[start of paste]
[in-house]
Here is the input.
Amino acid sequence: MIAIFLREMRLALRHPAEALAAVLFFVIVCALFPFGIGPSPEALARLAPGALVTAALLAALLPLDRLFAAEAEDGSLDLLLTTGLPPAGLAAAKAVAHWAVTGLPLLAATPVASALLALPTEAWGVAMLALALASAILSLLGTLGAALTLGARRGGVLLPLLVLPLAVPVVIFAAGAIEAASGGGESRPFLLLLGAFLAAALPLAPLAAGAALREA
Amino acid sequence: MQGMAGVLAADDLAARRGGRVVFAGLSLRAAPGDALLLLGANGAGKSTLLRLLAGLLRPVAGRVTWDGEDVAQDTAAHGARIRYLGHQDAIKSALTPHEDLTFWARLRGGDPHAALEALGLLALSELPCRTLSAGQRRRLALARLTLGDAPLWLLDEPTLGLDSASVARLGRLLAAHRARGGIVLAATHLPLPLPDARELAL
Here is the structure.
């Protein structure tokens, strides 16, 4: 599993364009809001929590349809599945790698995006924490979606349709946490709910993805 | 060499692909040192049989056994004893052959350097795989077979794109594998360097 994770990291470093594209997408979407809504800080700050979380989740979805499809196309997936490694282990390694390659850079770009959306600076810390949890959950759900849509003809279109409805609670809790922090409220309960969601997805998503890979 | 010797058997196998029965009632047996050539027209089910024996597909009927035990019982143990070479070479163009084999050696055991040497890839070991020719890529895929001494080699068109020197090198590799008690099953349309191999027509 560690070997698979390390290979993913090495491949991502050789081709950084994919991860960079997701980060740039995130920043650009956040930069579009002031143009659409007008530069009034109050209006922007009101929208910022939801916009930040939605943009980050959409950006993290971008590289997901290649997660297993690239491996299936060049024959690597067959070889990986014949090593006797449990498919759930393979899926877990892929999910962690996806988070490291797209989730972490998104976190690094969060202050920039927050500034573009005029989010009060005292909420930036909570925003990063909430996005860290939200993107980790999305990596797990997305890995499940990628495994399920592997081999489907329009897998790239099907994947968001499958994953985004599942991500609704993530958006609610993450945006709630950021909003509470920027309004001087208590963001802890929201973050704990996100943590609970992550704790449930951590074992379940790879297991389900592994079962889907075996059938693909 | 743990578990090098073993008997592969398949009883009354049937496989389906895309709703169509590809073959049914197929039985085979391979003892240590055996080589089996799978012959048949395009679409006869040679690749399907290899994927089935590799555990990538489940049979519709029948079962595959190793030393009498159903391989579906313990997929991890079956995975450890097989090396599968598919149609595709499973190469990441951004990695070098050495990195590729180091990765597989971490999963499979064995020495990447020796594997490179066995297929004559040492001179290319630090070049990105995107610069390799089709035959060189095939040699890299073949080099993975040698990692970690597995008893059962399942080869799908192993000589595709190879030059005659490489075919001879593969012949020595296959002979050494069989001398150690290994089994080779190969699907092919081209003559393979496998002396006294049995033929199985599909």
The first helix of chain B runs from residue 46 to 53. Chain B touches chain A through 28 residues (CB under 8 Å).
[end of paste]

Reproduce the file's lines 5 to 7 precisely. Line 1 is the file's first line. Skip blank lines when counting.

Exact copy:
Here is the structure.
């Protein structure tokens, strides 16, 4: 599993364009809001929590349809599945790698995006924490979606349709946490709910993805 | 060499692909040192049989056994004893052959350097795989077979794109594998360097 994770990291470093594209997408979407809504800080700050979380989740979805499809196309997936490694282990390694390659850079770009959306600076810390949890959950759900849509003809279109409805609670809790922090409220309960969601997805998503890979 | 010797058997196998029965009632047996050539027209089910024996597909009927035990019982143990070479070479163009084999050696055991040497890839070991020719890529895929001494080699068109020197090198590799008690099953349309191999027509 560690070997698979390390290979993913090495491949991502050789081709950084994919991860960079997701980060740039995130920043650009956040930069579009002031143009659409007008530069009034109050209006922007009101929208910022939801916009930040939605943009980050959409950006993290971008590289997901290649997660297993690239491996299936060049024959690597067959070889990986014949090593006797449990498919759930393979899926877990892929999910962690996806988070490291797209989730972490998104976190690094969060202050920039927050500034573009005029989010009060005292909420930036909570925003990063909430996005860290939200993107980790999305990596797990997305890995499940990628495994399920592997081999489907329009897998790239099907994947968001499958994953985004599942991500609704993530958006609610993450945006709630950021909003509470920027309004001087208590963001802890929201973050704990996100943590609970992550704790449930951590074992379940790879297991389900592994079962889907075996059938693909 | 743990578990090098073993008997592969398949009883009354049937496989389906895309709703169509590809073959049914197929039985085979391979003892240590055996080589089996799978012959048949395009679409006869040679690749399907290899994927089935590799555990990538489940049979519709029948079962595959190793030393009498159903391989579906313990997929991890079956995975450890097989090396599968598919149609595709499973190469990441951004990695070098050495990195590729180091990765597989971490999963499979064995020495990447020796594997490179066995297929004559040492001179290319630090070049990105995107610069390799089709035959060189095939040699890299073949080099993975040698990692970690597995008893059962399942080869799908192993000589595709190879030059005659490489075919001879593969012949020595296959002979050494069989001398150690290994089994080779190969699907092919081209003559393979496998002396006294049995033929199985599909």
The first helix of chain B runs from residue 46 to 53. Chain B touches chain A through 28 residues (CB under 8 Å).